Saturday, October 02, 2010

Wild Card Weekend: Do Overs with Linda Conrad

Please welcome Linda Conrad back to the blog, with a great topic and a fabulous excerpt!

I have a new book on the shelves this week. Release dates are always a grand time in the life of any author. For me, it’s the time when I get show off my baby and reminisce about planning and writing the story.

Writing SECOND-CHANCE SHERIFF was a unique experience for me. The book is a novella and part of a three-author anthology called Covert Christmas. I had done only one other online novella alone, so writing with the fabulous authors, Marilyn Pappano and Loreth Anne White was a great treat.

When the editors asked us to write reunion stories that take place at Christmas, I was all for it. In the first place, I love the Christmas theme. Cozy days by the fire. Smells of pine and spice. Green trees and holly. Red stockings and white snow. And especially the excitement of presents under a tree. Makes me all warm and smiling just thinking of it.

And reunions? How fun is it to think of getting a do-over on a lost love? I think that must be many peoples’ secret fantasy. Getting to go back for a second chance with someone from your past—or maybe for righting something you did wrong long ago. I believe that’s why people love high school reunions. That second chance.

My hero in SECOND-CHANCE SHERIFF is so caught up with guilt from something he did in the past that he almost misses the possibility of recapturing his lost love. And the heroine of the story isn’t particularly ready to let go of her past in order to give him that chance. Sigh. It takes a little girl and a Christmas Angel to get these two to open their eyes.

Here’s an excerpt from SECOND-CHANCE SHERIFF:

“When I get back,” Cam began. “I want to hear all the details on this undercover operation of yours.” Shaking his head as though the idea of her being undercover was absolutely absurd, he disappeared around the corner.

Tara didn’t know whether to be insulted or scared. She’d been so sure that Cam’s whole family would be here for the holidays. It had never occurred to her that the two of them would become isolated together—alone.

Facing a hit-man might be preferable.

Needing to move around so she could think her predicament through, Tara tested her nearly frozen feet by placing one down on the hardwood floor. Man, that hurt like the devil. She was sure glad she’d thought to put on her padded socks under her boots and jeans before she’d left her apartment this morning and headed out for the governor’s vacation home in Aspen.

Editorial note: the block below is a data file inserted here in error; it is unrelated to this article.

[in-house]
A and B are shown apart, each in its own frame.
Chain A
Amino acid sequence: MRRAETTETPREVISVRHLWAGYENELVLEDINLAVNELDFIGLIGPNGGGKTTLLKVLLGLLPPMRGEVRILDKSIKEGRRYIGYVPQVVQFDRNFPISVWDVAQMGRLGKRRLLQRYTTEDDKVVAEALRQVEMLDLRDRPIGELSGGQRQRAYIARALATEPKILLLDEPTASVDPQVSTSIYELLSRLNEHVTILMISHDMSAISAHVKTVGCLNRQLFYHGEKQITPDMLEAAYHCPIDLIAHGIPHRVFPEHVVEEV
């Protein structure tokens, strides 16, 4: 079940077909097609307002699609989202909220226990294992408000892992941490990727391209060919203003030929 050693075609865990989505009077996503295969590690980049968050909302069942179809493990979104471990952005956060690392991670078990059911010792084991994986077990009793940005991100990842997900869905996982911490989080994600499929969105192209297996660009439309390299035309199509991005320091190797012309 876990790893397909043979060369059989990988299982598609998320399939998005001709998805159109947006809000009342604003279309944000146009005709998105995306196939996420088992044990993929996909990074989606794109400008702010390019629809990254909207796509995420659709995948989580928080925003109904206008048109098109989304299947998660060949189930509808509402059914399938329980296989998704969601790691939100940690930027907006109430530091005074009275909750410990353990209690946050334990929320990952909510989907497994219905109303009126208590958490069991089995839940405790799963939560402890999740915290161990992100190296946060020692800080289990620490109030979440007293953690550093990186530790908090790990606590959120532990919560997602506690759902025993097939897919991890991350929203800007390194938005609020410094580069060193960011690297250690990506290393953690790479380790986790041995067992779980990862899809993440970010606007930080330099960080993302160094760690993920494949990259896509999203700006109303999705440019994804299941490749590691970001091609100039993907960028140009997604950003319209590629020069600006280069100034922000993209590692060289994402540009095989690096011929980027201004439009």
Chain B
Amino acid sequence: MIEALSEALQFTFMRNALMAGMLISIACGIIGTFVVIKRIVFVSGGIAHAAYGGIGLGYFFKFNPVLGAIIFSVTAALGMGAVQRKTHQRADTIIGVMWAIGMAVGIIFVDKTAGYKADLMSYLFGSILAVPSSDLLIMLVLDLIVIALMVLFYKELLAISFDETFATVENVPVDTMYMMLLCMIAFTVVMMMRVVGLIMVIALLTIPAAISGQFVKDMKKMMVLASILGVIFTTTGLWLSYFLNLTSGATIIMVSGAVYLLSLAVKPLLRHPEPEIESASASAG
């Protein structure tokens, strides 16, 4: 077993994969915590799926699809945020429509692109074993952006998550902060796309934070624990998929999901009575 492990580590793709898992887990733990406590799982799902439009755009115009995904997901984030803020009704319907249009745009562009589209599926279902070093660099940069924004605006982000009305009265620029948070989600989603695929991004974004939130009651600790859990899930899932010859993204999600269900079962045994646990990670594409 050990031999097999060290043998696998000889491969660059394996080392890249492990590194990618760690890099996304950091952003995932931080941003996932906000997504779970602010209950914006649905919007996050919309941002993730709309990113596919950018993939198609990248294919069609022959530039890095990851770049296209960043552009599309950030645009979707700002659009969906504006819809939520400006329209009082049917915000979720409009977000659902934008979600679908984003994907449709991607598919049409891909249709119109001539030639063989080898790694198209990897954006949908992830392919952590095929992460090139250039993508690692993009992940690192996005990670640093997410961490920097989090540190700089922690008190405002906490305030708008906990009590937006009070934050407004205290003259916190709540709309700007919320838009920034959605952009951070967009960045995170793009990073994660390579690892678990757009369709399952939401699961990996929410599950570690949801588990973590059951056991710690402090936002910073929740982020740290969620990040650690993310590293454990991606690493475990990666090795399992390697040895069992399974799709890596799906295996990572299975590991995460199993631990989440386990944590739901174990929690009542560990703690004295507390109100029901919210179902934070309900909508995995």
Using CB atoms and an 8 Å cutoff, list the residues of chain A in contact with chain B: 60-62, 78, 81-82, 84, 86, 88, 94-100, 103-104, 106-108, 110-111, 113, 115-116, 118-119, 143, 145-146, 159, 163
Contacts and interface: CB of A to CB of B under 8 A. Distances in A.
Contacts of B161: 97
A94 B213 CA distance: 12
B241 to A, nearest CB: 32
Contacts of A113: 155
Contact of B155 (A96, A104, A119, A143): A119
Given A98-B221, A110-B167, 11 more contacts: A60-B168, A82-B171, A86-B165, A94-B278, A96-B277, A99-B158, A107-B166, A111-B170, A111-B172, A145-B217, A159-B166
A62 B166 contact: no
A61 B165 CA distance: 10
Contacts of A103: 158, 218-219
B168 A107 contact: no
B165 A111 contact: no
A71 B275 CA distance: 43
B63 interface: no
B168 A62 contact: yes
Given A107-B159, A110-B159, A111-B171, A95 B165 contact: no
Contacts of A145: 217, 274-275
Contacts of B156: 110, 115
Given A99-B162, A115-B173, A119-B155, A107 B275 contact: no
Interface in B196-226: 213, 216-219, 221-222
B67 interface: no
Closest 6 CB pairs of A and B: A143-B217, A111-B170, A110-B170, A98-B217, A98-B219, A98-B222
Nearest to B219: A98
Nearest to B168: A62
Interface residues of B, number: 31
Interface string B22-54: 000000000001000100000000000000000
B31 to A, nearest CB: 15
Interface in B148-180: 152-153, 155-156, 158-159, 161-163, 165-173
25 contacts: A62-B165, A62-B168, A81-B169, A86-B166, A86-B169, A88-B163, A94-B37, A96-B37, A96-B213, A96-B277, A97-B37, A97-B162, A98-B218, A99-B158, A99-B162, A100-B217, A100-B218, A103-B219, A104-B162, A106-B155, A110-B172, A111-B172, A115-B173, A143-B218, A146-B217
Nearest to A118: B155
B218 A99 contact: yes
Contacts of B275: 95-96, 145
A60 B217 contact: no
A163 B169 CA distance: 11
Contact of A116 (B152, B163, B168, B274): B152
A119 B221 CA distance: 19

The idea gave her chills. She could be worrying about losing toes to frostbite instead of fussing about spending time alone with an old boyfriend.

An old married boyfriend.

The stabbing pain in the bottom of her foot became bearable so she put the other one down on the floor next to it. Yipes. She had to bite her lip to keep from screaming. But within minutes she felt stronger and more stable. Maybe she was going to live through the experience after all.

As she straightened and looked around the great-room, the lights came back on. She went to the fireplace, added a few more logs and stirred the fire. Soon it was blazing.

Looking around the room again, Tara finally realized what she was seeing. Or not seeing. She’d been to Cam’s home during the holidays many times growing up. Back then, the whole place had glowed with decorations, lovingly put up by Cam’s grandparents. Festive lights, wrapped packages and yummy smells coming from the kitchen. It was one of the clearest memories from her childhood.

Yet today, a few days before Christmas, this great-room was empty of everything but furniture. Except for the roaring fire, it might as well be August.

Where was the tree? Where were the wreaths and holly?

Wandering from room to room downstairs, she searched for anything that said Christmas. With no luck.

Tara easily climbed the stairs to the second floor bedrooms. Surely up here she would find some sign of holiday spirit.

She checked each room as she went down the hall. The first two were guest rooms, and bland. When she came to the room she’d used as a teenager, her hand hesitated on the door handle. Tara wasn’t sure she wanted to see this room again after all these years. Too many memories. Both good and bad.

But as the door creaked open, Tara was shocked to see a fantasyland in various shades of pink instead of the cool blues and greens of her youth. The bed was covered with stuffed animals. Yes, this room was most definitely being used by a little girl.

Cam must have a daughter. As Tara moved around the room, she lightly touched the toys and the music boxes. This could be her own little girl’s room. If only things had worked out differently.

On top of the dresser, she found several framed photos. A little girl with blonde pigtails, holding Cam’s hand. An older couple with the same girl at a birthday party. Tara looked around again, but couldn’t find any pictures of Cam’s wife.